Prospective Study

The relationship between trans fatty acid intake and subsequent CHD events was investigated in approximately 85 000 US nurses (the Nurses Health Study). Trans fatty acid intake was calculated from food frequency questionnaires for women who had been diagnosed free from CHD, stroke, diabetes, and hypercholesterolemia. The subjects were followed up for 8 years and CHD events were recorded. The relative risk of CHD in the highest compared with the lowest quintile was 1.5 (95% confidence interval, 1.12-2.0), after adjustment for age, energy intake, social class, and smoking. However, there was no clear dose-response relationship between the highest and the lowest intake groups. The intake of trans fatty acids in the top quintile was 3.2% dietary energy compared with 1.3% in the lowest quintile.

It has been commented on that the benefit predicted by the authors, that individuals in the top quintile of intake could halve their risk of myocar-dial infarction by reducing their intake of trans fatty acids to that of the lowest quintile, seems a large effect in view of the small difference in intakes between these groups (3.3 g). The changes in plasma lipoprotein cholesterol concentrations that would be predicted to occur as a result of lowering trans fatty acid intake would not explain all of the observed increase in risk. Also, the study was carried out in a selected population of women and it is unclear that the findings are applicable to the whole population or to other population groups.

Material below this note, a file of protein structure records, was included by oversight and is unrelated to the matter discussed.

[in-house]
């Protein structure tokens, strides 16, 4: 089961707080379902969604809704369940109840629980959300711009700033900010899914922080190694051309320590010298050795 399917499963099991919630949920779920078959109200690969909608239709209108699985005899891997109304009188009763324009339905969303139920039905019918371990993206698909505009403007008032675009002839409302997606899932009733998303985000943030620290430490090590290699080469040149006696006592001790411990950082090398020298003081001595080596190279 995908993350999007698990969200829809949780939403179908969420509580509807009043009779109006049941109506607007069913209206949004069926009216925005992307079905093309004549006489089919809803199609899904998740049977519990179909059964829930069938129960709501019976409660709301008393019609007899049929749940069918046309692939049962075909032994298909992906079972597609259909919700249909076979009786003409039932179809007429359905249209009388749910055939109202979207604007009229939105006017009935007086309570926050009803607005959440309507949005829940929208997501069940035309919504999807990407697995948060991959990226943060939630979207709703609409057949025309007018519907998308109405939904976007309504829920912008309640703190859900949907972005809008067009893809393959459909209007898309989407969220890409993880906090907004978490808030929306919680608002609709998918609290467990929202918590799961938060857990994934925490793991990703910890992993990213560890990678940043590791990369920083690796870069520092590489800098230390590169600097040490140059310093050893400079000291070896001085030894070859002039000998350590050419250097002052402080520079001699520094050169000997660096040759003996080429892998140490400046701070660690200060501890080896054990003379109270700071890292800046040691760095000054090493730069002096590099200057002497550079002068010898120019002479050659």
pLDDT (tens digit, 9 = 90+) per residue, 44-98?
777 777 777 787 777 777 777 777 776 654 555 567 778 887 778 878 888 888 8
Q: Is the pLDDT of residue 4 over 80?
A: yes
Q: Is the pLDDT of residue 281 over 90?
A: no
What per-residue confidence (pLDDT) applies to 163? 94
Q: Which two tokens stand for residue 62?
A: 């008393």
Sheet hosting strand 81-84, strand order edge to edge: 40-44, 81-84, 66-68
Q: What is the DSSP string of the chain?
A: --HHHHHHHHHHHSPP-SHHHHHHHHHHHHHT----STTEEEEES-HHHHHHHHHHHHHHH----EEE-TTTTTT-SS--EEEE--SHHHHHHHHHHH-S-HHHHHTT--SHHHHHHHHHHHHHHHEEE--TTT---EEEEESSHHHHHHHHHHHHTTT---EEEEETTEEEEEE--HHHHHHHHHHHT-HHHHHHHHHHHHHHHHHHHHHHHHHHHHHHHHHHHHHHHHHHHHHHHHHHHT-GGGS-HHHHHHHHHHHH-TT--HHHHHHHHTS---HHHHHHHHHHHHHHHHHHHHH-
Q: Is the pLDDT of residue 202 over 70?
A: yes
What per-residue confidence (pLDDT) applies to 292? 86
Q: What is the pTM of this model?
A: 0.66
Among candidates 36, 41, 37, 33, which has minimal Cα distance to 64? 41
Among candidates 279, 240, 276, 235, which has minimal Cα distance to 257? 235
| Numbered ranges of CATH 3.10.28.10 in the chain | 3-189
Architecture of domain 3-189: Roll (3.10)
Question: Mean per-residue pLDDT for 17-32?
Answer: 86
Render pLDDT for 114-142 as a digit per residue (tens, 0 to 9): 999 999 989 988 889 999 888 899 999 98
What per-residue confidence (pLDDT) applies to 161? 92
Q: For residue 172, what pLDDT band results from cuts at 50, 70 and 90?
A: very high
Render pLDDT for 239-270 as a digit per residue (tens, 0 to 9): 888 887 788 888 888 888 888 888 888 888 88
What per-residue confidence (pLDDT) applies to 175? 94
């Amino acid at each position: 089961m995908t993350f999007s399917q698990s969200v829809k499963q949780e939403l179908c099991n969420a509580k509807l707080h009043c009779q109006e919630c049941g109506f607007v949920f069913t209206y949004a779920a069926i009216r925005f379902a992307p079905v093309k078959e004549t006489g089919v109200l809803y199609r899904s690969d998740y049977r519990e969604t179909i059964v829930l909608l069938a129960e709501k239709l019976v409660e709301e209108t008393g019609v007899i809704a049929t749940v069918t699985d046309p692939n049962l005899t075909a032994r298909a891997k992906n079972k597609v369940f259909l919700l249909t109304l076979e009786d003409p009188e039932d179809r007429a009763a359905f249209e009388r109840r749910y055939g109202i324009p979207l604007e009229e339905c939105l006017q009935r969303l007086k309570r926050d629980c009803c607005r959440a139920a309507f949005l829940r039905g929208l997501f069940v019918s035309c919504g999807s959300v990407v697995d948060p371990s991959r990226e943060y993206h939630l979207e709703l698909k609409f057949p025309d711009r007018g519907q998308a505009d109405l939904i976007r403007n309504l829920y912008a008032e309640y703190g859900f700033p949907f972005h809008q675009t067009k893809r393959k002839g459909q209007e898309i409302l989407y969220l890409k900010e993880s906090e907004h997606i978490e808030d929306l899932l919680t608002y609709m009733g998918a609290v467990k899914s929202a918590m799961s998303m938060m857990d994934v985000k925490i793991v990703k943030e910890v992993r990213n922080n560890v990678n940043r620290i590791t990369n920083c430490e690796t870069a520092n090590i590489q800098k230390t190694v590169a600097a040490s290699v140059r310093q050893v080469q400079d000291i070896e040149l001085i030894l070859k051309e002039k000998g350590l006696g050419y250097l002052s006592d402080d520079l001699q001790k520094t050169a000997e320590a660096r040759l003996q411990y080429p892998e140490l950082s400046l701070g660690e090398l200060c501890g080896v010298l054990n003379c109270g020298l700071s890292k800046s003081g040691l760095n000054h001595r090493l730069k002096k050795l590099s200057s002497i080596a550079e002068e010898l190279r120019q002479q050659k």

Supplements For Diabetics

Supplements For Diabetics

All you need is a proper diet of fresh fruits and vegetables and get plenty of exercise and you'll be fine. Ever heard those words from your doctor? If that's all heshe recommends then you're missing out an important ingredient for health that he's not telling you. Fact is that you can adhere to the strictest diet, watch everything you eat and get the exercise of amarathon runner and still come down with diabetic complications. Diet, exercise and standard drug treatments simply aren't enough to help keep your diabetes under control.

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